Blog Post

A Twenty-Year Statute of Limitations for Challenges to Easement Encroachments

          Easements in North Carolina just got a little easier to maintain and, if necessary, litigate. The Supreme Court of North Carolina ruled in August 2016 that easement holders have twenty years within which to file a suit for the removal of easement encroachments.  This overruled previous case law requiring easement holders to file a suit within six years.[1]  There are many different types of easements, but put simply, easements are a right to traverse or otherwise use someone else’s land for a specified purpose.  For example, one could have an easement to cross over their neighbor’s land to access a home or a fishing pond.  This statute of limitation ruling has a significant impact on companies that hold many easements, like large utility companies, landowners on which those easements lie, builders, and surveyors.


          In this Supreme Court case, the easement was for electrical transmission lines.  The easement was executed by Duke Power Company in the early 1950s and, within the decade, the company constructed overhead power lines in an otherwise rural part of Mecklenburg County.  In 2005, Skybrook housing development was created, in part, on the land subject to the easement.  Lot 533 in particular was staked out by a surveyor in early 2006.  A home was constructed in 2006 and a certificate of occupancy was filed on October 11, 2006 denoting the completion of the construction. The property was subsequently purchased by the defendant, Herbert Gray.  Three years later, in February of 2010, Mr. Gray received a letter from Duke Energy asking him to remove an encroachment on the easement.  This “encroachment” was a portion of his home.  In December of 2012, Duke Energy filed suit seeking injunctive relief.


          Both the trial court and the Court of Appeals determined an easement is an incorporeal hereditament and thus a six-year statute of limitations under N.C.G.S. § 1-50(a)(3) applied.  The statute of limitations began when Duke “should have been aware” of the encroachment, which the court determined was when the certificate of occupancy was issued in October of 2006.  Since Duke Energy did not filed their suit until December 2012, the statute of limitations had run and Duke was left with no legal remedy.


          The Supreme Court determined Duke Energy’s claim was for the recovery of real property due to the nature of the easement.  Duke Energy’s easement gave the company control of a portion of Mr. Gray’s land and included Duke Energy alleged their rights in the land were invaded by the construction of a portion of the home within the easement and sought to recover full use of the land.  Easements are considered incorporeal hereditaments, which are interests in the servient estate, and thus, real property. The encroachment on this easement was an injury to that interest in real property.  In doing so, they overruled Pottle v. Link which held that an action by the owner of a dominant estate against a servient estate owner’s encroachment constituted an action to an incorporeal hereditament.  As such, the Court held it is subject to a twenty-year statute of limitations, under N.C.G.S. § 1-40, 7 which governs injuries to real property, rather than N.C.G.S. § 1-50(a)(3), which governs only injuries to incorporeal hereditaments.[2]  The Court remanded the case to the trial court where a trial judge will determine whether Duke Energy will prevail in recovering the real property, that is, require removal of the encroachment.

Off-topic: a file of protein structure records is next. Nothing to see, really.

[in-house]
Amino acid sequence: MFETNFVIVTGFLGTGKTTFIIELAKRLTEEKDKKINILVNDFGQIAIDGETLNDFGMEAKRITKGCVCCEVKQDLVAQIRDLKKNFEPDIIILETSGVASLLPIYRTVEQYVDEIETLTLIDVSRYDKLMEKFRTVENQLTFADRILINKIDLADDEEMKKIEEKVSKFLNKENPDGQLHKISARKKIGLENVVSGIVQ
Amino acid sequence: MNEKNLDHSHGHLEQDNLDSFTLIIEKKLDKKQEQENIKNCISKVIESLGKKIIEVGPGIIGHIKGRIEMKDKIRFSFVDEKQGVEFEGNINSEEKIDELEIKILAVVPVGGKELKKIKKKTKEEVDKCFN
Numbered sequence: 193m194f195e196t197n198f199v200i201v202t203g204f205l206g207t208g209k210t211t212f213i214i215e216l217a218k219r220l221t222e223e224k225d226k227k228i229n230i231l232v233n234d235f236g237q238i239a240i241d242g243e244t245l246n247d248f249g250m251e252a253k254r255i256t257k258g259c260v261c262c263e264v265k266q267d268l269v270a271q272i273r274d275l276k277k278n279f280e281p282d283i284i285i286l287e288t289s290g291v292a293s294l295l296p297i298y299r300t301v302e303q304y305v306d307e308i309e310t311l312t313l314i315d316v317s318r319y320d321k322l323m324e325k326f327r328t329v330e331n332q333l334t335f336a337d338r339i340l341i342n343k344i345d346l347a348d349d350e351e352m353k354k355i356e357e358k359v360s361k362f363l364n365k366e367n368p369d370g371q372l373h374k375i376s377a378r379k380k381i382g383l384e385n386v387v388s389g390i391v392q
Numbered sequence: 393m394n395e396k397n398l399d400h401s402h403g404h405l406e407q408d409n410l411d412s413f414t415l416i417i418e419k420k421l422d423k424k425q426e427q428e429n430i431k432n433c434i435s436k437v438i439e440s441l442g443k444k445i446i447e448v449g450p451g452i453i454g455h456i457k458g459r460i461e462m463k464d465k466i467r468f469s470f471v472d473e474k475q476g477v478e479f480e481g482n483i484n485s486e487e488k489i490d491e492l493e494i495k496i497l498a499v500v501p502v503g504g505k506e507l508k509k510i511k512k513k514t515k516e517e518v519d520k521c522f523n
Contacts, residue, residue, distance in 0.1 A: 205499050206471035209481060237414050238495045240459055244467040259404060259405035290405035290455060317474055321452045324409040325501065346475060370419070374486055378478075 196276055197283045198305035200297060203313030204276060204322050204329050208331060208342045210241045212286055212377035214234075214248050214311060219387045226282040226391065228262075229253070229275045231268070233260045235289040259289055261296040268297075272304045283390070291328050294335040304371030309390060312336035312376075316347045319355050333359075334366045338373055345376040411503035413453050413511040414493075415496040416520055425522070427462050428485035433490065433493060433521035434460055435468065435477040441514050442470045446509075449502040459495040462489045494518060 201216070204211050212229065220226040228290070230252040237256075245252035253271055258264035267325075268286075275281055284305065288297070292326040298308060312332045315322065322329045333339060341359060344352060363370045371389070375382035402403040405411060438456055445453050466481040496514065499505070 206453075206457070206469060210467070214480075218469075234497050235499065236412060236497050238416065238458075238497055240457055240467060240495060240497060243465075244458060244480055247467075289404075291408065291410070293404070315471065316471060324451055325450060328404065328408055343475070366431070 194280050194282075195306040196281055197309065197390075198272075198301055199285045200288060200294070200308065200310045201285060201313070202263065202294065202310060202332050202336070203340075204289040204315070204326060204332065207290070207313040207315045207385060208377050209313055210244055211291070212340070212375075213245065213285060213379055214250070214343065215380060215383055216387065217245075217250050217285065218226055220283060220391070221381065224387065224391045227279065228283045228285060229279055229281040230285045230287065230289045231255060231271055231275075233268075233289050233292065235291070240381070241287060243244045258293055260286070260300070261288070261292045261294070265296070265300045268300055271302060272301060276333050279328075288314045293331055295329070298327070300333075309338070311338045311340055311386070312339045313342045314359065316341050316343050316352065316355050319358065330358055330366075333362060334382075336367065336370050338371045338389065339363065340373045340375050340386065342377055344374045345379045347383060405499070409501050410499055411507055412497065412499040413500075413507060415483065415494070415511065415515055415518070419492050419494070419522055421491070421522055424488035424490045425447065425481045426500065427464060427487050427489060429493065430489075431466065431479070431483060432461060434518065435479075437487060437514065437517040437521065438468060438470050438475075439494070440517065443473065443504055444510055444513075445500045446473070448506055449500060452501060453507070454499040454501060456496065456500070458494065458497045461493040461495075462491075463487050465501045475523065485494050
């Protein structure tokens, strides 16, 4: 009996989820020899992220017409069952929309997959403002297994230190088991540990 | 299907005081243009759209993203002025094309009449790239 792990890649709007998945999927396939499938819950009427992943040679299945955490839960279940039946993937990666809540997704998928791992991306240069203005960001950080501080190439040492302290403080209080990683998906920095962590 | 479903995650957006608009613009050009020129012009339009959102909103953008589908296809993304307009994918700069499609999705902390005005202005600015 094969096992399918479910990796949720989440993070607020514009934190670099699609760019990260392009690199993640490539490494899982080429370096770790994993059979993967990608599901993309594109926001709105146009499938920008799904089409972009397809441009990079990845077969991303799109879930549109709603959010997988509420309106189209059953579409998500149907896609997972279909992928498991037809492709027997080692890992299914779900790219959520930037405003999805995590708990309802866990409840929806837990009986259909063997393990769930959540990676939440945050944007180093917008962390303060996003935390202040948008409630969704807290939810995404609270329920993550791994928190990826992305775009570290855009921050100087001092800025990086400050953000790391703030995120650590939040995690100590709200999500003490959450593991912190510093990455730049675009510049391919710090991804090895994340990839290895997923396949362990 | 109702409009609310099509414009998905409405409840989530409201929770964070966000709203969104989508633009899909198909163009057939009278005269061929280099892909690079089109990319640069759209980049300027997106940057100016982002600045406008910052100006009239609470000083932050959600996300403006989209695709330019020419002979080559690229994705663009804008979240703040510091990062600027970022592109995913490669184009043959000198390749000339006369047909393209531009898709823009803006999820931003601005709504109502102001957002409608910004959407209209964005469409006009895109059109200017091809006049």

For large utility companies like Duke Energy, extending the statute of limitations to challenge encroachments from six years to twenty years is extremely beneficial.  Duke Energy alone has over 13,000 miles of transmission power lines in North Carolina.  Unless those lines cross land that Duke Energy owns, they have to acquire an easement for each parcel of property.  With only a six year statute of limitations, the task of constantly monitoring and/or clear-cutting all vegetation ensure no encroachments exist is incredibly financially onerous. However, it is important to note that the Court’s ruling did not affect the statute of limitations related to recovering damages resulting from an encroachment on an easement, so large utility companies would still be wise about maintaining their easements so they do not miss an opportunity to collect monetary damages before the six-year statute of limitations runs.



          For landowners, ensuring they know about the existence of easements has become even more important with this ruling.  They should check the deed for easements on the land prior to purchase and prior to making any improvements upon it.  Even though the Court’s ruling was limited to the ability to recover real property and did not affect the ability to recover damages, if one’s own home constitutes an encroachment, the landowner is likely to suffer consequences more devastating than simply monetary damages.


          Builders would also be wise to ensure building plans do not include building structures on any portion of real property that may overlap with an easement. It may be nearly twenty years for the utility company – or other easement holder – to realize it and file suit, but according to this ruling, they would be within their rights to do so.


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[1] Pottle v. Link, 187 N.C. App. 746, 654 S.E.2d 64 (2007).

[2] N.C.G.S. § 1-40.